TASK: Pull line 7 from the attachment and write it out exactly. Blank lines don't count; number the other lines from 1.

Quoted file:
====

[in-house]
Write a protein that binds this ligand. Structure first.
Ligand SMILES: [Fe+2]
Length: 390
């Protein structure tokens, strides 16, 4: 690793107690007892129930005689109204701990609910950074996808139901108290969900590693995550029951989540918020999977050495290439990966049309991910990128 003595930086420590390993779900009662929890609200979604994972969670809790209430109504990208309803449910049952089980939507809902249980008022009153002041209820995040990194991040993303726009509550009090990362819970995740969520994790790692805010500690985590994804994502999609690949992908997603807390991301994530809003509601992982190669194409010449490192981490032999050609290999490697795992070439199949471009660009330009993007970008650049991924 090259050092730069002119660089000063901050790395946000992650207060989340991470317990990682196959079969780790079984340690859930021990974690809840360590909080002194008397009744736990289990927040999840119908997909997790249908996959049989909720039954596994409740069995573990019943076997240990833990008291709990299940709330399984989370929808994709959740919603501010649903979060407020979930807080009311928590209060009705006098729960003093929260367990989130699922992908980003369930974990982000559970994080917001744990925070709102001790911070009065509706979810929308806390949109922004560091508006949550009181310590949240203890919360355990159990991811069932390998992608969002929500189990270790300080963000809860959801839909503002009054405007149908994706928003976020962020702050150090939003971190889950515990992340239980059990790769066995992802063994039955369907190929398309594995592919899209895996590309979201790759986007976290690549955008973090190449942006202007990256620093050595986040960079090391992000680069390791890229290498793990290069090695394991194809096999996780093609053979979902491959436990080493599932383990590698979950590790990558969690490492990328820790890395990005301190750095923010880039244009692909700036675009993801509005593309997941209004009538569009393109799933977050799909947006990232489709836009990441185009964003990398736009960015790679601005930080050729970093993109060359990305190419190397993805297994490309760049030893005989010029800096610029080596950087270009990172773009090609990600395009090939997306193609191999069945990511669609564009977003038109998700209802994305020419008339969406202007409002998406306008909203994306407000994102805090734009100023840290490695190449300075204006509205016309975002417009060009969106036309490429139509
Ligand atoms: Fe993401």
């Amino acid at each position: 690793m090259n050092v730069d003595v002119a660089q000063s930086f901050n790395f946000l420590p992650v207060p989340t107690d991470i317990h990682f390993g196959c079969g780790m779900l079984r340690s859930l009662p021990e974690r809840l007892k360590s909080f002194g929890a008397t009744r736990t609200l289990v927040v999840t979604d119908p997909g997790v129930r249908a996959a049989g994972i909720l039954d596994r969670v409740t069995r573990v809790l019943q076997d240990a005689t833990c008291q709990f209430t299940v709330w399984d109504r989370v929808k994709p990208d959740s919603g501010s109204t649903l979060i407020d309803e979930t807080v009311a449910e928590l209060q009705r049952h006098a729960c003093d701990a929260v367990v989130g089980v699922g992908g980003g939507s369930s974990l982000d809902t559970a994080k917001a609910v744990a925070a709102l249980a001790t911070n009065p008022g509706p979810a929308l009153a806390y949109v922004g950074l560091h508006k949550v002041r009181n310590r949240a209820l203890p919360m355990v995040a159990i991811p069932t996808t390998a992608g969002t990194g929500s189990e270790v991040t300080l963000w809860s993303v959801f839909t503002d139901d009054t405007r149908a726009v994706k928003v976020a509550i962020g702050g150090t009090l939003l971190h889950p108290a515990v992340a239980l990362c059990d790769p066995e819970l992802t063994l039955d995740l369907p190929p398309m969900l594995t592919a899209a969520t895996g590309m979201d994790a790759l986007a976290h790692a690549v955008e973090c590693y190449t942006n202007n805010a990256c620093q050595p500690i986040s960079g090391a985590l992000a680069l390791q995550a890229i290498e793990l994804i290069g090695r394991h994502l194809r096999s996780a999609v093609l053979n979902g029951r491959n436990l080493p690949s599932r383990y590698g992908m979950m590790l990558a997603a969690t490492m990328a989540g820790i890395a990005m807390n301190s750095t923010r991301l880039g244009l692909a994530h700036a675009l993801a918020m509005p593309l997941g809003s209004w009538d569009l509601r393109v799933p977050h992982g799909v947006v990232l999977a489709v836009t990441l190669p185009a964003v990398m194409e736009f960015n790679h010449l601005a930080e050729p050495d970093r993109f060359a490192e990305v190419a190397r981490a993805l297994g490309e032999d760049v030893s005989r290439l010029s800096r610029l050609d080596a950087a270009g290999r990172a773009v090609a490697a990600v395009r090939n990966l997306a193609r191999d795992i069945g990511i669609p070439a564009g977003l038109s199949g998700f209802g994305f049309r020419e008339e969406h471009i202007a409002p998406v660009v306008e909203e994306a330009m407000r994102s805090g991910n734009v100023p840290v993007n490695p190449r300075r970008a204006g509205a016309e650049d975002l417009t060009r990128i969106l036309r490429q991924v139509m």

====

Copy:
């Amino acid at each position: 690793m090259n050092v730069d003595v002119a660089q000063s930086f901050n790395f946000l420590p992650v207060p989340t107690d991470i317990h990682f390993g196959c079969g780790m779900l079984r340690s859930l009662p021990e974690r809840l007892k360590s909080f002194g929890a008397t009744r736990t609200l289990v927040v999840t979604d119908p997909g997790v129930r249908a996959a049989g994972i909720l039954d596994r969670v409740t069995r573990v809790l019943q076997d240990a005689t833990c008291q709990f209430t299940v709330w399984d109504r989370v929808k994709p990208d959740s919603g501010s109204t649903l979060i407020d309803e979930t807080v009311a449910e928590l209060q009705r049952h006098a729960c003093d701990a929260v367990v989130g089980v699922g992908g980003g939507s369930s974990l982000d809902t559970a994080k917001a609910v744990a925070a709102l249980a001790t911070n009065p008022g509706p979810a929308l009153a806390y949109v922004g950074l560091h508006k949550v002041r009181n310590r949240a209820l203890p919360m355990v995040a159990i991811p069932t996808t390998a992608g969002t990194g929500s189990e270790v991040t300080l963000w809860s993303v959801f839909t503002d139901d009054t405007r149908a726009v994706k928003v976020a509550i962020g702050g150090t009090l939003l971190h889950p108290a515990v992340a239980l990362c059990d790769p066995e819970l992802t063994l039955d995740l369907p190929p398309m969900l594995t592919a899209a969520t895996g590309m979201d994790a790759l986007a976290h790692a690549v955008e973090c590693y190449t942006n202007n805010a990256c620093q050595p500690i986040s960079g090391a985590l992000a680069l390791q995550a890229i290498e793990l994804i290069g090695r394991h994502l194809r096999s996780a999609v093609l053979n979902g029951r491959n436990l080493p690949s599932r383990y590698g992908m979950m590790l990558a997603a969690t490492m990328a989540g820790i890395a990005m807390n301190s750095t923010r991301l880039g244009l692909a994530h700036a675009l993801a918020m509005p593309l997941g809003s209004w009538d569009l509601r393109v799933p977050h992982g799909v947006v990232l999977a489709v836009t990441l190669p185009a964003v990398m194409e736009f960015n790679h010449l601005a930080e050729p050495d970093r993109f060359a490192e990305v190419a190397r981490a993805l297994g490309e032999d760049v030893s005989r290439l010029s800096r610029l050609d080596a950087a270009g290999r990172a773009v090609a490697a990600v395009r090939n990966l997306a193609r191999d795992i069945g990511i669609p070439a564009g977003l038109s199949g998700f209802g994305f049309r020419e008339e969406h471009i202007a409002p998406v660009v306008e909203e994306a330009m407000r994102s805090g991910n734009v100023p840290v993007n490695p190449r300075r970008a204006g509205a016309e650049d975002l417009t060009r990128i969106l036309r490429q991924v139509m």